A kilometre (American spelling: kilometer, symbol km) is a unit of length in the metric system, equal to one thousand metres, the current SI base unit of length. It can be written in scientific notations as 1×10³ m (engineering notation) or 1 E+3 m (exponential notation) — both meaning 1,000 × 1 m.
Although, in English, metric units of measurement are usually pronounced with the stress on the first syllable, as in /ˈkɪl.əˌmiː.tə(r)/, pronunciation of the word "kilometre" with the stress on the second syllable /kɪˈlɒm.ə.tə(r)/ is in common usage (see List of words of disputed pronunciation). The latter pronunciation follows the stress pattern used for the names of measuring instruments, such as barometer, thermometer, tachometer and speedometer. This stress pattern is not commonly used for other metric measurements such as millimetre or centimetre.
Slang terms for kilometre include "click" (sometimes spelled "klick" or "klik") and "kay" (or "k"). These non-standard terms can also refer to kilometres per hour, which itself is abbreviated as km/h, km h-1, km·h-1 or, informally, kph.
"Kilometrage" may be used in the same way as "mileage".
Equivalence to other units of length
1 kilometre is equal to:
- 1,000 metres (1 metre is equal to 0.001 kilometres)
- about 0.621 statute miles (1 statute mile is equal to 1.609344 kilometres)
- the formula "multiply by 5 and divide by 8" gives a conversion of 0.625, accurate to 0.6%, which is a useful approximation
- about 1,094 international yards (1 international yard is equal to 0.0009144 kilometres)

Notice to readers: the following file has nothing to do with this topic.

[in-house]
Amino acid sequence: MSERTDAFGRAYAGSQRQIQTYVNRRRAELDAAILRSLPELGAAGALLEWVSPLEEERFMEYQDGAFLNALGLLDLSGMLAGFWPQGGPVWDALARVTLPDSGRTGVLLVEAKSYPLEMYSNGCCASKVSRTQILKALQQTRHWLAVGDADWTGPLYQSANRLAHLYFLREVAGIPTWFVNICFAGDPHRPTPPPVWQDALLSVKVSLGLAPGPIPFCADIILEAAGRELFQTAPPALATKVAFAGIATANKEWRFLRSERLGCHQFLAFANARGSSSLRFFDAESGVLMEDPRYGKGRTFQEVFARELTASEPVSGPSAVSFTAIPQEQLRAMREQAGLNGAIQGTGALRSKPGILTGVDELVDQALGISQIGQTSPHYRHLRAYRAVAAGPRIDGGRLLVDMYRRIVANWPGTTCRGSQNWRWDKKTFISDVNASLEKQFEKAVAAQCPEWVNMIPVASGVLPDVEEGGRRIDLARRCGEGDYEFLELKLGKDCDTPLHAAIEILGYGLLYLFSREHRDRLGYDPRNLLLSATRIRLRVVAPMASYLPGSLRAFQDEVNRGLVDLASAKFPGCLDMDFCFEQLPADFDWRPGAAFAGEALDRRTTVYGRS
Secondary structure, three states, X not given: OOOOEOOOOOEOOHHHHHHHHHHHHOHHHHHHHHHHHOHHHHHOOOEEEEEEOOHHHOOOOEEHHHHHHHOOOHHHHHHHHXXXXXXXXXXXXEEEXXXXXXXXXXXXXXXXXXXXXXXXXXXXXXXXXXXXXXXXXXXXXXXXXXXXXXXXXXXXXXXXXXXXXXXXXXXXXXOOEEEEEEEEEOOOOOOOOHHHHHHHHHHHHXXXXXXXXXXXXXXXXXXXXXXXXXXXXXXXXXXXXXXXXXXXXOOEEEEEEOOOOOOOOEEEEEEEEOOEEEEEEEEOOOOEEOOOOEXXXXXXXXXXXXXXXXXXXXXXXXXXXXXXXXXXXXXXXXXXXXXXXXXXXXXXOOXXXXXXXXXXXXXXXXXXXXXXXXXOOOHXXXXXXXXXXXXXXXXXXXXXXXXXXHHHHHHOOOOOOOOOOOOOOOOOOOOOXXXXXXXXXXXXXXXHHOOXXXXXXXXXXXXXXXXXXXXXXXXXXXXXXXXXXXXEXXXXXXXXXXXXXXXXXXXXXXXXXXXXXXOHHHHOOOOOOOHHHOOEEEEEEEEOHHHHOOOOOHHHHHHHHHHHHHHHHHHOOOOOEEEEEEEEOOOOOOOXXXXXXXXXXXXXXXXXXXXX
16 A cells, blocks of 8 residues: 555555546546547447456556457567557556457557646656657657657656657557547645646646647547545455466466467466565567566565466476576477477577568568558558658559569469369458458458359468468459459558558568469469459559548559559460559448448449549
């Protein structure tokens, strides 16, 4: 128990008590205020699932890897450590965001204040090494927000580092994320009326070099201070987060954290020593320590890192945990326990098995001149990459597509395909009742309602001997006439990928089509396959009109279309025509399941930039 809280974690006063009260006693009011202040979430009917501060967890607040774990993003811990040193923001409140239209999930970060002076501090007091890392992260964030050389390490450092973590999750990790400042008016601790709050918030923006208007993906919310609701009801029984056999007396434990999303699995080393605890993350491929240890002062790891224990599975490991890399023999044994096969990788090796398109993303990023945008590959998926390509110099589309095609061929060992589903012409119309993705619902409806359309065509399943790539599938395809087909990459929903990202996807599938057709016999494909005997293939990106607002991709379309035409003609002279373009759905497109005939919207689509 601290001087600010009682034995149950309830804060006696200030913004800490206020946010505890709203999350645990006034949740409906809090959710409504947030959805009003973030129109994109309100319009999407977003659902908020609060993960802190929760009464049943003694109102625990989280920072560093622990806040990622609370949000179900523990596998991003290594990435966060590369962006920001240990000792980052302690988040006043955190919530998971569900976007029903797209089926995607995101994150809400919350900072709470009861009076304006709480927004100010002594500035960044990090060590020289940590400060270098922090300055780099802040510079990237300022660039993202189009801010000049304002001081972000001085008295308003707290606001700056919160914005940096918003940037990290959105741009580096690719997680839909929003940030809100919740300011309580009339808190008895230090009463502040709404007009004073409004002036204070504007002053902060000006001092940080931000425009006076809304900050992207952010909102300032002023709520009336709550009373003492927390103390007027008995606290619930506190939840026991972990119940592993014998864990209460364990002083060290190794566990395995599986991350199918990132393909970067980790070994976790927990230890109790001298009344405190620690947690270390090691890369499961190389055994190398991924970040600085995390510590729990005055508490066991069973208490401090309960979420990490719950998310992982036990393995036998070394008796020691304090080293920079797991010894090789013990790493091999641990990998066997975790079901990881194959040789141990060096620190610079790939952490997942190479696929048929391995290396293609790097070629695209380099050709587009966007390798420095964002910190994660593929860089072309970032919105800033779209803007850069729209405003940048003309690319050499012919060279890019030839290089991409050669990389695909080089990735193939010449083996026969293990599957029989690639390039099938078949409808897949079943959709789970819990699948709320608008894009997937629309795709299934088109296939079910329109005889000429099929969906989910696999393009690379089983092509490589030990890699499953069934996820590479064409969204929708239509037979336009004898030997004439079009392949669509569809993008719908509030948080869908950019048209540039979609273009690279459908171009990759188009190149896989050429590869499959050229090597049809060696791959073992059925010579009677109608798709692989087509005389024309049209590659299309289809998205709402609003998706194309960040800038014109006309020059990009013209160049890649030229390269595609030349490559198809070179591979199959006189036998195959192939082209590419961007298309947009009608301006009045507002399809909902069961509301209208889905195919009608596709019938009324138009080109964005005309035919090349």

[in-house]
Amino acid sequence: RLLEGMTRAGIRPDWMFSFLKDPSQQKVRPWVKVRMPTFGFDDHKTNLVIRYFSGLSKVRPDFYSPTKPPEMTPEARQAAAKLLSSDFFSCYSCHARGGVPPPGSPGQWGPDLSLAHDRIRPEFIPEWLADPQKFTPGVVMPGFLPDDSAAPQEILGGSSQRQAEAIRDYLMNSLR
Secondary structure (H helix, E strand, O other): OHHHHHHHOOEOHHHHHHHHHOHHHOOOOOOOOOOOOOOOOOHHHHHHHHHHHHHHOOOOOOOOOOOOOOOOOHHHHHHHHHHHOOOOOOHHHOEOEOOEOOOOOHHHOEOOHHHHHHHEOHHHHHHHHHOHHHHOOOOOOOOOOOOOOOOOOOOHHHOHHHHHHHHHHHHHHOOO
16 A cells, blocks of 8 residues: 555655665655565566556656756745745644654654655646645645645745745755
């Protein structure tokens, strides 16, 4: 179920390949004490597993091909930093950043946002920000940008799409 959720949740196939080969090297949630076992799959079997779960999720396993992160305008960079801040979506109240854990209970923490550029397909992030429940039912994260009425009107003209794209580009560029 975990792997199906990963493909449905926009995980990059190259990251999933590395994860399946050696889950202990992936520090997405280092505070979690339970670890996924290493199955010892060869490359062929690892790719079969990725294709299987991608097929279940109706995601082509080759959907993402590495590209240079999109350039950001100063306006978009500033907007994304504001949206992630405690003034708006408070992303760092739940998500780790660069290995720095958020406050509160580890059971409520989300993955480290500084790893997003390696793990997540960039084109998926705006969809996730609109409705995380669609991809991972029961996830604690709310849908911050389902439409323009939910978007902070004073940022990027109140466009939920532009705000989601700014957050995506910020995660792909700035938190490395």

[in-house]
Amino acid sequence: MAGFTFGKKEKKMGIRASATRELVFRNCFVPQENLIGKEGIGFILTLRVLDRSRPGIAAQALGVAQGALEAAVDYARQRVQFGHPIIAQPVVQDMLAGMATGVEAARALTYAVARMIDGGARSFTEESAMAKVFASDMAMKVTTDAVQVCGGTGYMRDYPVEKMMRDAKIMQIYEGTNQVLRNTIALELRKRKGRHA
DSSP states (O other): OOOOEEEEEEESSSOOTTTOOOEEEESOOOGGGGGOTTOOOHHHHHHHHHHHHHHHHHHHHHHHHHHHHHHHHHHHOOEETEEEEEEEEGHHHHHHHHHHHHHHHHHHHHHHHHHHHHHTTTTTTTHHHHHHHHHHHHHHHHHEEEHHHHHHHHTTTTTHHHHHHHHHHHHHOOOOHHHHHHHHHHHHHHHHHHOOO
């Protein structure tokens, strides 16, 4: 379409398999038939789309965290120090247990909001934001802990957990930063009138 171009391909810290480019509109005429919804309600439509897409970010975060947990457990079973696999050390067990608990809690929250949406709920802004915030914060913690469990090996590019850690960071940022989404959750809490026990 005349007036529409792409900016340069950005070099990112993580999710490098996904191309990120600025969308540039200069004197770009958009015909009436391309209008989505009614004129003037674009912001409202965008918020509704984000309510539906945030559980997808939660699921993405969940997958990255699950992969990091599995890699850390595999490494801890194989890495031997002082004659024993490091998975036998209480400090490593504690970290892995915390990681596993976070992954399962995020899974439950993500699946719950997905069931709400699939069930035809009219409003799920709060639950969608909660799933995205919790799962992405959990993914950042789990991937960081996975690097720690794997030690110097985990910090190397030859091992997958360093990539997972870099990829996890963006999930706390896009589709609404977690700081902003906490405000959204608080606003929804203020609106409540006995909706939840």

- about 3,281 feet (1 foot is equal to 0.0003048 kilometres)
- exactly 0.00000000000010570008340246153 Light Years (1 light year is equal to about 9.5 trillion kilometers)
Although the UK has officially adopted the metric system, there is no intention to replace the mile on road signs in the near future, owing to the British public's attachment to traditional imperial units of distance, i.e., miles, yards and inches, and the cost of changing speed signs (which could not be replaced during general maintenance, like distance signs, for safety reasons). As of 11 September 2007, the EU has allowed Britain to continue using the imperial systems. EU commissioner Günter Verheugen said: "There is not now and never will be any requirement to drop imperial measurements."
In the US, the National Highway System Designation Act of 1995 prohibits the use of federal-aid highway funds to convert existing signs or purchase new signs with metric units. However, the Manual on Uniform Traffic Control Devices since 2000 published in both metric and American Customary Units. (See also Metrication in the United States.)
- Andrew Clark (2006-02-23). "Campaign for £80m switch to kilometres". The Guardian. Retrieved 2008-01-07. Check date values in:
- "Call for metric road sign switch". BBC News Online. BBC. 2006-02-23. Retrieved 2008-01-07. Check date values in:
- "EU gives up on 'metric Britain'". BBC News Online. BBC. 2007-09-11. Retrieved 2007-10-12. Check date values in:
- "50th Anniversary of the Interstate Highway System - Frequently Asked Questions". US Department of Transport. Retrieved 2007-10-12.
- SI prefix
- Orders of magnitude (length)
- Conversion of units, for comparison with other units of length
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